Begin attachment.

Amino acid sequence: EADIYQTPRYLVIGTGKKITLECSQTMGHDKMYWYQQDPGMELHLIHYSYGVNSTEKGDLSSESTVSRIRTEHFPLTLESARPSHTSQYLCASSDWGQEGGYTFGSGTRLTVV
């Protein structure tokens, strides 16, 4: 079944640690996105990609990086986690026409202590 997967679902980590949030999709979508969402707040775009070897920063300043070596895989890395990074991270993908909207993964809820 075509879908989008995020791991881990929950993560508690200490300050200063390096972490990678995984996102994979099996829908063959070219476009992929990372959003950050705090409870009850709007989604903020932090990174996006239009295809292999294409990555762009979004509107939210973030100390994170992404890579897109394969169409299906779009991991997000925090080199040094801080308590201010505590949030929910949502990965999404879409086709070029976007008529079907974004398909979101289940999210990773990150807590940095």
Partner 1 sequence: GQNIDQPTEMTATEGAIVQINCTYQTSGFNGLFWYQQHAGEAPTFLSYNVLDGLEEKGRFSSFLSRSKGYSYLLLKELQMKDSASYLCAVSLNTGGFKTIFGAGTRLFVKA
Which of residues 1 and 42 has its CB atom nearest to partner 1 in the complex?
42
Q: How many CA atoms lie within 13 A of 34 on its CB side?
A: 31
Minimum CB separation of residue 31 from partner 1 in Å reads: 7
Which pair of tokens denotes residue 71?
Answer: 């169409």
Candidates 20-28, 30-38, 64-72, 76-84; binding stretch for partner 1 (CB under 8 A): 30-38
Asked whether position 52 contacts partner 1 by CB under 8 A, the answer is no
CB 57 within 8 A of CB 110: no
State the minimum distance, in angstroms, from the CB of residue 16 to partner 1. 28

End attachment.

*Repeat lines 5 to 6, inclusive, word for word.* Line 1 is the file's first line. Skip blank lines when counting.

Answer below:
42
Q: How many CA atoms lie within 13 A of 34 on its CB side?